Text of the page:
“Calling for accountability doesn’t start or stop, however, at naming offenders. Our goal is to encourage – even demand – that governments must also take responsibility by putting human rights into law and embedding them in the government institutions; by building strong independent courts; competent and disciplined law enforcement. And once rights are established, governments should be expected to resist the temptation to restrict freedom.”

‘Freedom. It’s the greatest human right; slavery is its antithesis.’

We almost just reproduced the whole speech :). It was that great. The main points that we think are central to any strategy to combat human trafficking in Southern Africa and salient in the quotes above include the realisation that there is a need to combat all forms of trafficking. This includes domestic servitude, commercial sex trafficking and labour trafficking among other forms. Another key point is that there is need to destroy the conditions that allow the increase in trafficking. This may include addressing porous borders and issuing of identity documents in Southern Africa. The fact that the anti-trafficking movement has only just begun reaching at the core of the problems fueling trafficking. The importance of the Trafficking in Persons Report not as a shaming tool but as a tool to assess efforts against trafficking and trigger action against the same is also critical as some African governments may view the report as an emblem of the West’s continued negative perception of governance in Africa. Linked to this is the fact that the next report would now subject the United States to the same stringent metrics used across the world to assess governments’ efforts to combat trafficking. In essence, the idea of the U.S ‘leading by example. The need for partnerships in combatting trafficking was also elucidated. The fact that this crime requires ‘all hands on deck’. It is not something that can be tackled by law enforcement agencies alone or by NGOs alone. It requires a collective effort by private companies, government, civil society organisations, citizens, law enforcement agencies etc. Lastly he talked of slavery being at conflict with freedom, which is the greatest human right. And we will talk about human trafficking and human rights in the next post.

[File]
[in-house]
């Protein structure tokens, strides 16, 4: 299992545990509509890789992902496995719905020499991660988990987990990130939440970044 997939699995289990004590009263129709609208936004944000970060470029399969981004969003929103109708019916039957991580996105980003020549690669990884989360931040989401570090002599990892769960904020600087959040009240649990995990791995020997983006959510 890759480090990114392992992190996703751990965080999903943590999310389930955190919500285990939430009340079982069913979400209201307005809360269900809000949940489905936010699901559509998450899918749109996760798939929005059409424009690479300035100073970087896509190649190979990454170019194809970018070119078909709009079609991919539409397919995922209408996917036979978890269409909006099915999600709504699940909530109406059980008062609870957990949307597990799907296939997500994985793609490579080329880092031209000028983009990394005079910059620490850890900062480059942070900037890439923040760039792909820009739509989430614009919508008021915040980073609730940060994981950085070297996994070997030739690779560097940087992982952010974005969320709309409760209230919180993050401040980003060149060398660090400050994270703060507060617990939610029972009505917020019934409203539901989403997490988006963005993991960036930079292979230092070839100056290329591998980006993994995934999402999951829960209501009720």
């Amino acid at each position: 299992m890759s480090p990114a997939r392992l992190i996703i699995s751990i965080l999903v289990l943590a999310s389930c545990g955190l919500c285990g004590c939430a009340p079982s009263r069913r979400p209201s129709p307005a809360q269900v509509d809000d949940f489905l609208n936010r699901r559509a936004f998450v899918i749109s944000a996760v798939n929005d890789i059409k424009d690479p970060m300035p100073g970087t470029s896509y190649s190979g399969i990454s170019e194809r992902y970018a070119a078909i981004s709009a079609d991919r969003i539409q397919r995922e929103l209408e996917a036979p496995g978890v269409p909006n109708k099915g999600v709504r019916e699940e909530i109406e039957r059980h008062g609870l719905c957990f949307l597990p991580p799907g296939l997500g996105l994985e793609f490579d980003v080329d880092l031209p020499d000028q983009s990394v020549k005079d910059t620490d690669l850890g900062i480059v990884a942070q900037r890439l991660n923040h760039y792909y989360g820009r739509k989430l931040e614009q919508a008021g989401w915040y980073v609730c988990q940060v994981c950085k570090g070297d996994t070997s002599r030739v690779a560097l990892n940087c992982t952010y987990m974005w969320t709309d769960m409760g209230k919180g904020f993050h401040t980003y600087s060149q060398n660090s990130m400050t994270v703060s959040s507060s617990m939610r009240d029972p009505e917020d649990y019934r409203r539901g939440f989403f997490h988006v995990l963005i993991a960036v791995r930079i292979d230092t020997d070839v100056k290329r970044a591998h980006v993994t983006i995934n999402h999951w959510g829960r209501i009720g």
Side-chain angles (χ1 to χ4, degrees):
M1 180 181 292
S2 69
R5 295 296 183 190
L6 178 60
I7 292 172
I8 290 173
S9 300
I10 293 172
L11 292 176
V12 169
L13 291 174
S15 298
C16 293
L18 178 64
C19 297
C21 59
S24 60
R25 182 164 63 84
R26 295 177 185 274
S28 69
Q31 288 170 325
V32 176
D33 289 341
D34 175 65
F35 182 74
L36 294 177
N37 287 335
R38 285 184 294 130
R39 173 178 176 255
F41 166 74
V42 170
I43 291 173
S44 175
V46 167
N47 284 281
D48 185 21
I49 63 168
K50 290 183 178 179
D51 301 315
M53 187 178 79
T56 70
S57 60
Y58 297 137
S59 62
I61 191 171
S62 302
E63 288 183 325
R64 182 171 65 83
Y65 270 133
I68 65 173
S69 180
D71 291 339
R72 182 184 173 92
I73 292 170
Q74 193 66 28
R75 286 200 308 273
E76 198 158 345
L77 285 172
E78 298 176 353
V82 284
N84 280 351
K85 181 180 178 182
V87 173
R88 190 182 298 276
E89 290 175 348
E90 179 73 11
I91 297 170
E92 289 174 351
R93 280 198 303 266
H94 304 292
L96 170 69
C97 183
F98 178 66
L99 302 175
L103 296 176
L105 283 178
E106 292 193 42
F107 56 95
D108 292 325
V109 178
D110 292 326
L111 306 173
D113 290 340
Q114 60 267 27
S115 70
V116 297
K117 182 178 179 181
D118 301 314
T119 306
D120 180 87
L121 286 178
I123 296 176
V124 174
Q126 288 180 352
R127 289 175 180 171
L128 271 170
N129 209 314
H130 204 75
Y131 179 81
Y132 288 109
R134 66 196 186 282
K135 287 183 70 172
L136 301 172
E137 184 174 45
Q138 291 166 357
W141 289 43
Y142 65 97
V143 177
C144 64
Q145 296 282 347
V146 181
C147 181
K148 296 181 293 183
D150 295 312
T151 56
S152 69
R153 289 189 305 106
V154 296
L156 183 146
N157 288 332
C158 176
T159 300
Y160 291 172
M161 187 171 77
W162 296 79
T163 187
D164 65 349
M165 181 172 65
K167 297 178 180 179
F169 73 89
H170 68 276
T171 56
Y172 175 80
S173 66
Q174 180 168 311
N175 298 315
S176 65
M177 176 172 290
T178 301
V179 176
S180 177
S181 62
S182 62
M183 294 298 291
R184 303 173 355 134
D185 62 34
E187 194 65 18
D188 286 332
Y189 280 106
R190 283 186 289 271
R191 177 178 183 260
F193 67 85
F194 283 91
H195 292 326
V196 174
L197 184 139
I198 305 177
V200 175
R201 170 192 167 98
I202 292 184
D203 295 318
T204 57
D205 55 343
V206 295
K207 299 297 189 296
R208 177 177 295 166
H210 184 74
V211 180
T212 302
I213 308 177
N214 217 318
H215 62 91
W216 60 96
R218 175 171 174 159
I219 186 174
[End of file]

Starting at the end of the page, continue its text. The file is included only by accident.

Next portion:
Trafficking in Persons Report: Tier Placings Explained

As promised in an earlier post, SAAHTT will now explain Country Tier Placings in the Trafficking in Persons Report and what they mean.

TIP report

TIP report

So what is the Trafficking in Persons Report anyway?

The United States Department of State is required by law to submit a report (trafficking in persons report) to the US Congress on foreign governments efforts to eliminate all forms of human trafficking. The report seeks to raise global awareness of human trafficking and encourage foreign governments to take effective action against all forms of trafficking in perosns.

Tier 1

Countries whose governments fully comply with  minimum standards of the United States’  Trafficking Victims Protection Act (will breakdown this landmark US legislation later). Basically these are countries taking the most progressive steps to deal with human trafficking.

Tier 2

Countries whose governments do not fully comply with the Trafficking Victims Protection Act’s minimum standards but are making significant efforts to bring themselves into compliance. There is evidence of will and action towards full compliance/ towards efforts to combat trafficking.

Tier 2 Watchlist

Countries whose governments do not fully comply with the TVPA’s minimum standards, but are making significant efforts to bring themselves into compliance with those standards AND:
a) The absolute number of victims of severe forms of trafficking is very significant or is
significantly increasing; or
b) There is a failure to provide evidence of increasing efforts to combat severe forms of trafficking in persons from the previous year; or
c) The determination that a country is making significant efforts to bring themselves into compliance with minimum standards was based on commitments by the country to take additional future steps over the next year

Tier 3

Countries whose governments do not fully comply with the minimum standards and are not making significant efforts to do so.

This is the understanding (sort of….):

Tier 1=Good

Tier 2=Okay-ish

Tier 2 watchlist=Bad

Tier 3= Worse